Before our trip to North Korea, we didn’t know what to expect; after all, so little of North Korea is known to the outside world. All we knew about the country was based on what we saw on television or read in the newspapers – but we weren’t there to seek out the truth in the political debacle; we were there to learn about the country from a humanized point of view and do so, we wanted to meet and interact with its people.
Despite having been shut out of the outside world for centuries, the North Koreans we met were surprisingly curious and friendly towards us. Out on the streets, we smiled and waved at people – many of them coyly giggled, while others waved back enthusiastically. Riding on the subway, we were aware that locals were slightly intimidated by us, but we smiled and talked to them – and they quickly warmed up to us. At a park, we even played finger guessing games with a big group of school children who had crowded around us and poked curiously at our cameras.
While this trip to North Korea left us with more questions than answers, it definitely gave us a chance to get to know its people – who, in my opinion, show us what the country is really all about. Here’s a photographic tribute to the North Koreans, who kindly showed us a rare and heartwarming glimpse of their country.
At Mount Ryonggak, we were having a barbecue lunch and enjoying the musical performance our waitresses put up for us – when a big group of school children crowded around to watch the spectacle (us!). We started talking to them, and I even played a few rounds of rock, paper, scissors with them – it ended with tons of laughter and possibly the best memories from the trip.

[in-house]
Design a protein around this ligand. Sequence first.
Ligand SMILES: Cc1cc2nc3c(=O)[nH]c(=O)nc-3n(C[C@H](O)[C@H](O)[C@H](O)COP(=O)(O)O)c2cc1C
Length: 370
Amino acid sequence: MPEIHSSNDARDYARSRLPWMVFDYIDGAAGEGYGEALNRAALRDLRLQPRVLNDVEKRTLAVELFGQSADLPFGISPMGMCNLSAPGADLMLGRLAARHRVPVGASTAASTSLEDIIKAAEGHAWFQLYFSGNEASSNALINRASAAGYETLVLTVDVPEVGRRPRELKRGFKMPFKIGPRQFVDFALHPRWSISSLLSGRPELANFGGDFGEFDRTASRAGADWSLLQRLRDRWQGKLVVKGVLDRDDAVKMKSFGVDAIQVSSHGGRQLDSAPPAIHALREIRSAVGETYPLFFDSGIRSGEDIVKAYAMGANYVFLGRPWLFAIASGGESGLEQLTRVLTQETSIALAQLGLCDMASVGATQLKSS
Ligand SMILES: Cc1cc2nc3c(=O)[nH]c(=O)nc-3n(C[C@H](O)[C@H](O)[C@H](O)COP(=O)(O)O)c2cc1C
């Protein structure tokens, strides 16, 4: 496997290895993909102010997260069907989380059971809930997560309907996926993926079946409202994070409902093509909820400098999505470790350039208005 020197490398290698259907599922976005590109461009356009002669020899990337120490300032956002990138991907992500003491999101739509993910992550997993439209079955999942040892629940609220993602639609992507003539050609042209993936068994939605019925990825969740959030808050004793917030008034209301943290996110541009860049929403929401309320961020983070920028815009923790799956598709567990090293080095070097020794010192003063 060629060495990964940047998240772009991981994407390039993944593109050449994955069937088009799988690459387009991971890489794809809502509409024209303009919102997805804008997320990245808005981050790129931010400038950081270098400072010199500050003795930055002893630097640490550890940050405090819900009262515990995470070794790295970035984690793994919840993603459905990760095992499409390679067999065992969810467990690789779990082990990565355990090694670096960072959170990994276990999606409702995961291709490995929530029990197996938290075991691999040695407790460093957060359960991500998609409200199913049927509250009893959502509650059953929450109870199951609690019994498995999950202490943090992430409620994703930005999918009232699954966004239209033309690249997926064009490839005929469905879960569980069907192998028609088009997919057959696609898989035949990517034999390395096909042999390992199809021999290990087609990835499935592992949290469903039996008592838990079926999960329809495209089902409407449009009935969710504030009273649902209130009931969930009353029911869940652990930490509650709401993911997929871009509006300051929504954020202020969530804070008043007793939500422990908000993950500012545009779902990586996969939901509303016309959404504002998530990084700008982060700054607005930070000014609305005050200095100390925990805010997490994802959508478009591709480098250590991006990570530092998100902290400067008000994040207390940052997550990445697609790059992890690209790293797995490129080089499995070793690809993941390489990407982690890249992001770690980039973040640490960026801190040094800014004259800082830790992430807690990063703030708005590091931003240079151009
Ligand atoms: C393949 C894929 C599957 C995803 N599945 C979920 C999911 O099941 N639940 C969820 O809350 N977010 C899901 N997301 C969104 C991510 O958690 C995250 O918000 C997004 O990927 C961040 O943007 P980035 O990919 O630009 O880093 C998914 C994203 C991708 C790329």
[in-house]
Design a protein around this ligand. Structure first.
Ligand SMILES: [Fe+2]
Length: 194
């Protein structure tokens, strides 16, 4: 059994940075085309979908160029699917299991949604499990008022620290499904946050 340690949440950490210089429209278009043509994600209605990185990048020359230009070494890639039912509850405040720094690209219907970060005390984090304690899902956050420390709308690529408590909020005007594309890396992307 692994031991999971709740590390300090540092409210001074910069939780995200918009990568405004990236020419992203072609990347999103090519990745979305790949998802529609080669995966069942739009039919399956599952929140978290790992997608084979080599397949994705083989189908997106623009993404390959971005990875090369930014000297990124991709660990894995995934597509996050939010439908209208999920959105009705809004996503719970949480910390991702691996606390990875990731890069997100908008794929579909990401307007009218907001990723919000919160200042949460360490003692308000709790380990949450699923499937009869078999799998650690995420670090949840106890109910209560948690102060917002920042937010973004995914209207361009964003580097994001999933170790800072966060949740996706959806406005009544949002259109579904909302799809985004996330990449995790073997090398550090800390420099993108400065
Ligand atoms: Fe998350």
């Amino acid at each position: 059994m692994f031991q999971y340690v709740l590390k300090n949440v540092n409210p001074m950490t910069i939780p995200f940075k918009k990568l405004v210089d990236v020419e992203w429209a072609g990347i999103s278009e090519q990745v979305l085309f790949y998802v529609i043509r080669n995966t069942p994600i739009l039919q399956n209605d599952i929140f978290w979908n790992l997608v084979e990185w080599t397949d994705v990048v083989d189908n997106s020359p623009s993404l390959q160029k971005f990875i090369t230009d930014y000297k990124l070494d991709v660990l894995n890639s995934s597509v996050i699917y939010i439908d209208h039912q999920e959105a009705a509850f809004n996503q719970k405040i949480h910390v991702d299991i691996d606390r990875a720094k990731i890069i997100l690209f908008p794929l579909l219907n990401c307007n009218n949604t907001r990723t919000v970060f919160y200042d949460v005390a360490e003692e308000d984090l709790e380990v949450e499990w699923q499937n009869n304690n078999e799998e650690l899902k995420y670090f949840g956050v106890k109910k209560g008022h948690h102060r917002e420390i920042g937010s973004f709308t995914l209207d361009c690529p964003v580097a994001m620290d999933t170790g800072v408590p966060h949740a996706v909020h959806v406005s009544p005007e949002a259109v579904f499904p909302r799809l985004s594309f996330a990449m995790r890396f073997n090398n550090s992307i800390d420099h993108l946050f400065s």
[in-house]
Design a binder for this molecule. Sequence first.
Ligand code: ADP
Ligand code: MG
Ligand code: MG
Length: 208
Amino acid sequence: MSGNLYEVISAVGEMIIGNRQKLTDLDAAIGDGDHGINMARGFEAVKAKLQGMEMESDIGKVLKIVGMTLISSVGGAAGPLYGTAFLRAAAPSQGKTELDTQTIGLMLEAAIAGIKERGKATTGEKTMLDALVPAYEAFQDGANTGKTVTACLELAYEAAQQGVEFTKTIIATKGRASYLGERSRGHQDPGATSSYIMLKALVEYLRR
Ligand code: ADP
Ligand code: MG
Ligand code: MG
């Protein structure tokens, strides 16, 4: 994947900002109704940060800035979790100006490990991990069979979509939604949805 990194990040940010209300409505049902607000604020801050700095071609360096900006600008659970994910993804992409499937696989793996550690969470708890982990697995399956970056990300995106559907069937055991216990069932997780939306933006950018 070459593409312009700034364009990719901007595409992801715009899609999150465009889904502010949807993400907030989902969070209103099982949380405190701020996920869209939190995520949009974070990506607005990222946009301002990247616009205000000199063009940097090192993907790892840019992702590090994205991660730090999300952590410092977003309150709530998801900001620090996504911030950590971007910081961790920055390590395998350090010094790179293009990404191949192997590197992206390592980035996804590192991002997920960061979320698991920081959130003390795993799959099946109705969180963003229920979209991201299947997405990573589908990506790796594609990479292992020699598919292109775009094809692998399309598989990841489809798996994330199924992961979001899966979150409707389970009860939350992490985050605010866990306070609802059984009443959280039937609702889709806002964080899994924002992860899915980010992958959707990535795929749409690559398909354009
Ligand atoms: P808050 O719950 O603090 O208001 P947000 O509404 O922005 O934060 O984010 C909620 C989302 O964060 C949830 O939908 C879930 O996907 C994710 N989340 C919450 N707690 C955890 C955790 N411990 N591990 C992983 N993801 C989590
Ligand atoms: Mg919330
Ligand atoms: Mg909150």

As we climbed up to a temple on Mt. Ryonggak, we stumbled upon a group of soccer boys who had just finished a match. We were surprised to find that they knew plenty of famous soccer players – like Ronaldo, David Villa, Zidane etc. Apparently these children learn about international footballers when studying sports.
At the foot of the mountain, we found a bride and groom taking wedding photos – our guide had taught us how to say congratulations in Korean (North Korean version is more formal), and upon hearing our greetings, “Chuka Hamnida!” the couple looked thankful.
Children at the Pyongyang Children Palace practice long and hard – as we went around for a tour of the complex, we met talented and bright kids playing on their sitar and working on handicraft.
We met this beautiful, young waitress at our hotel in Kaesong. She has such gentle and kind eyes. At this town, we got a better glimpse into other parts of North Korea – where there were no tall buildings, just small Korean-style houses, dusty roads and people paddling on bicycles.
One of my favorite parts of the trip was our walk along Taedong River in downtown Pyongyang. We were used to following our guides and not loitering around on our own, but suddenly, we were given the freedom to stroll along the riverfront and interact with fishermen and kids by the water – it was a liberating feeling. We saw this couple rowing on boats, enjoying their leisure time, and we couldn’t help but snap a photo.
At the Korean War Museum, we met this military guide who maintained a stern and serious look despite her gentle demeanor. During a conversation with one of our American group mates, she said, “Our country is divided into two because of the Americans. Without them, we would still be one country.” The moment was intense but it was clear that while both had starkly different opinions, they both respected their differences.
On board the U.S.S Pueblo, we took a tour of the American espionage ship with this lady military guide. In the cabin, she pointed out the exact spot where one of the American spies was killed – it was right beneath my feet – I shuddered and left with shivers in my spine.
This was our military guide at the DMZ, with our well-spoken guide Miss Pak by his side. Having worked at the demilitarized zone for more than a decade, this guide has all his life experiences written on his face.
To end this photo essay, I leave you with a photo of two military guides at the DMZ – on the North Korean side. Separated by a small concrete line, they stand just steps away from the boundary that divides their country permanently into two.
Disclaimer: Our experience was made possible by Koryo Tours but all opinions expressed above are my own.